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Caribbean Court of Justice explains who can be sued under its original jurisdiction

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Fri Apr 19, 2013

by Kristina Wallace-Whitfield, Eugene Dupuch Law School
 
Doreen Johnson, an employee of the Caribbean Centre for Development Administration (CARICAD), was made redundant after seventeen years of service. Johnson then applied under the original jurisdiction of the Caribbean Court of Justice for permission to sue CARICAD. Under the CCJ’s original jurisdiction, the Court hears disputes arising from provisions of the CARICOM Treaty. Johnson’s allegations against CARICAD included abuse of power, wrongful dismissal, violation of the labour laws of Barbados, breach of contract, breach of the Constitution of Barbados and discrimination on the ground of nationality.{{more}}

Before the CCJ could hear her claim, two issues had to be addressed. It was clear to all that CARICOM could be sued. But the first issue to be decided here was whether CARICAD as an institution of CARICOM could be sued before the CCJ.

The second preliminary issue was which, if any, of the allegations the Court had power to determine.

The CCJ acknowledged that CARICAD is an Institution of CARICOM, but drew a distinction between Institutions and Organs of CARICOM. The distinction was found by looking at the wording of the Revised Treaty of Chaguaramas, which does not provide that the Institutions should be an “integral part of the Community”.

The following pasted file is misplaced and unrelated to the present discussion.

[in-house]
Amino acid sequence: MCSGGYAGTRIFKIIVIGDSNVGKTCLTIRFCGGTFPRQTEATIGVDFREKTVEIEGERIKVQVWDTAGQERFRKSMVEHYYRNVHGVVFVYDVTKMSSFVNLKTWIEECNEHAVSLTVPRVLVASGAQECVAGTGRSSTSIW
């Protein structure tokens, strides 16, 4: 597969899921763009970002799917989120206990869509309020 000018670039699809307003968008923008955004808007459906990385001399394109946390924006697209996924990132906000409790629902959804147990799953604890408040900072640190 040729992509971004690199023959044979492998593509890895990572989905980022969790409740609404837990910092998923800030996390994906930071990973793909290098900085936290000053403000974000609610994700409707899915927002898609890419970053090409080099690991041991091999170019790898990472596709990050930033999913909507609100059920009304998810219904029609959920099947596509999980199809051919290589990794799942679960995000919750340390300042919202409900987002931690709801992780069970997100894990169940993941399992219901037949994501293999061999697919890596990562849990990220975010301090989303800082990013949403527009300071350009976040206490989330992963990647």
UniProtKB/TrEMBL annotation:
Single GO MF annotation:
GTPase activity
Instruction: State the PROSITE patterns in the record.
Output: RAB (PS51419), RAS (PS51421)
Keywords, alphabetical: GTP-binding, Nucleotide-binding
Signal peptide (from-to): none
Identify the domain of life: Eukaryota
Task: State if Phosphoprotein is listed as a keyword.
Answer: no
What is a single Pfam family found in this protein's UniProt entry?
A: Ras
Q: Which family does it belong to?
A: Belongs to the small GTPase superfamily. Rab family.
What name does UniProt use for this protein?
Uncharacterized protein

The Court went on to say that “Institutions of the Community do not enjoy the same degree of identification with the Community as do the Organs and Bodies. The policies and work of the Community are effected through the Organs and Bodies of the Community. The Organs and Bodies reflect the will of the Community. The Institutions and Associate Institutions on the other hand are merely entities that have some connection with the Community [and] have no power actual or ostensible to bind or represent the Community.”

Therefore, the Court concluded that since CARICAD was an Institution, and not an Organ, of CARICOM it followed that CARICAD could not be sued before the CCJ. The Court noted that even if CARICAD was an Organ, then it is CARICOM that should be made the Defendant. In other words, where an Organ of CARICOM does something which could be legally wrong, then a case must be brought against CARICOM itself and not the Organ.

As the answer to the first preliminary issue was negative, the Court did not deeply discuss the second issue, except to stress that cases can only be heard under its original jurisdiction where they allege a breach of the CARICOM Treaty; and most of Ms Johnson’s allegations did not do so.

This summary is intended to assist the Caribbean public in learning more about the work of the CCJ. It is not a formal document of the Court. The judgment of the Court is the only authoritative document and may be found at http://chooseavirb.com/ccj/wp-content/uploads/2012/02/ar2_2008.pdf

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